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Faction Spotlight: The Fighter's Guild

This week we're going to continue on with a looking at the many different factions of Tamriel. The last time we looked at this was in June, so I would say it's along overdue. To start off, we're going to go over some of the basics, as were explained last time. Running your factions should be relatively simple, providing work and rewards for the players, each within their own sphere of influence. If you want to run your factions in a way that's more familiar with the Elder Scrolls. I've provided some simple guidelines on how to run Radiant Quests (simple quests that can completed quickly or even away from the table between adventures), rewards, and rank perks.


When players have downtime between fending off goblins and slaying trolls, they can decide to do Radiant Quests to increase their standing with their faction.

Radiant Quests are handed out by high ranking members of a faction, usually found within cities and towns. These quests are intended to be simple and quick story based missions that are solved through brief descriptions and a few die rolls. To determine what type of work is available, the DM can hand out a custom made quest, or can roll on the Radiant Quests table that is listed as part of each faction.

These quests are intended to favor the player. Radiant quests are intended to be quick story based missions that should favor the player. A lot of the control is in place of the DM instead of the player. This lack of player agency should be handled carefully, which is why these quests are made to be quick, fun stories, that allow the character to slowly advance through the guild ranks with very little dedicated time. Quest failures are still a possibility, as these missions are solved purely through chance, but they should be dealt with a light hand. Losing one or two standing with a guild isn't that big of a deal, but a constant stream of bad luck could make these quests more frustrating than fun.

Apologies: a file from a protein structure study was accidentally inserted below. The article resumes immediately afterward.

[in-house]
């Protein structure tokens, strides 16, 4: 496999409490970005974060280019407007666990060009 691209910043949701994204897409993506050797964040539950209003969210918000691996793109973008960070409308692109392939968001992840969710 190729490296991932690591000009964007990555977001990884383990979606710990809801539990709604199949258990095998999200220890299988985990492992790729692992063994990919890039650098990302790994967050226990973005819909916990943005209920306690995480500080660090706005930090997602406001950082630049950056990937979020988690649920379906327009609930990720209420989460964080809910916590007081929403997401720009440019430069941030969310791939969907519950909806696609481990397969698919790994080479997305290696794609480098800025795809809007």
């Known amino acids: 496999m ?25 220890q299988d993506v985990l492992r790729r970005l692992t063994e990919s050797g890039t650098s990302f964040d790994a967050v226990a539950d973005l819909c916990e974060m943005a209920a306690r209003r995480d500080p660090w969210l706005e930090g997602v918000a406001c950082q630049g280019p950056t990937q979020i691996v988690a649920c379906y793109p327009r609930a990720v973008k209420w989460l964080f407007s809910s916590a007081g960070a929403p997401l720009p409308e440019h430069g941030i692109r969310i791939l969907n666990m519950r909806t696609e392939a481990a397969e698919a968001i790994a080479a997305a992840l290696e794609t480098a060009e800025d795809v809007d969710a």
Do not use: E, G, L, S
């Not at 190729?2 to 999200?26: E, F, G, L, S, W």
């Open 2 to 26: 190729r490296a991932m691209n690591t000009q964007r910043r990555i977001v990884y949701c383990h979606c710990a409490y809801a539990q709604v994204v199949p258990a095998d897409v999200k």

Main quests that revolve around the guild are a much better way to advance through the ranks, but this allows the characters to feel like they can keep plugging away through menial labour during downtime rather than dedicating mass amounts of time with the other players that might not share the same allegiances.

Each radiant quest comes with brief instructions on how to describe the tasks and determine the outcomes. Each quest also comes with a listed reputation increases or decreases, based on well or poorly the quest is completed.


Factions typically have 10 ranks that you can climb up. When you join a faction, you start out at the 1st rank.

Every rank is tracked by 4 levels of standing. Each time you successfully complete a task for your faction, your standing improves. If you fail a task, or otherwise dishonor your faction, your standing may decrease. More difficult quests may increase your standing faster than simpler quests.

When you join a faction, your standing starts at level 3. This can be tracked with a faction sheet for your character.


When you complete a quest, you also gain a reward, typically gold. The amount of gold is dependent on how well the task is accomplished. See the description of the quest type for more information on how to determine how much gold is awarded.

Some quests have special awards shown with a (s) in the rewards column. These rewards are described in the quest type description.


At the start of the second era, the Akaviri Potentate, Versidue-Shaie, controlled the Imperial throne and declared martial law. Before he died, he passed the guild act, which codified the practice of guilds through the empire. This officially sanctioned the guilds of Tinkers, Cobblers, Prostitutes, Scribes, Architects, Brewers, Vintners, Weavers, Rat-catchers, Furriers, Cooks, Astrologers, Healers, Tailors, Minstrels, Barristers, Mages, and most importantly for today's article: The Fighter's Guild.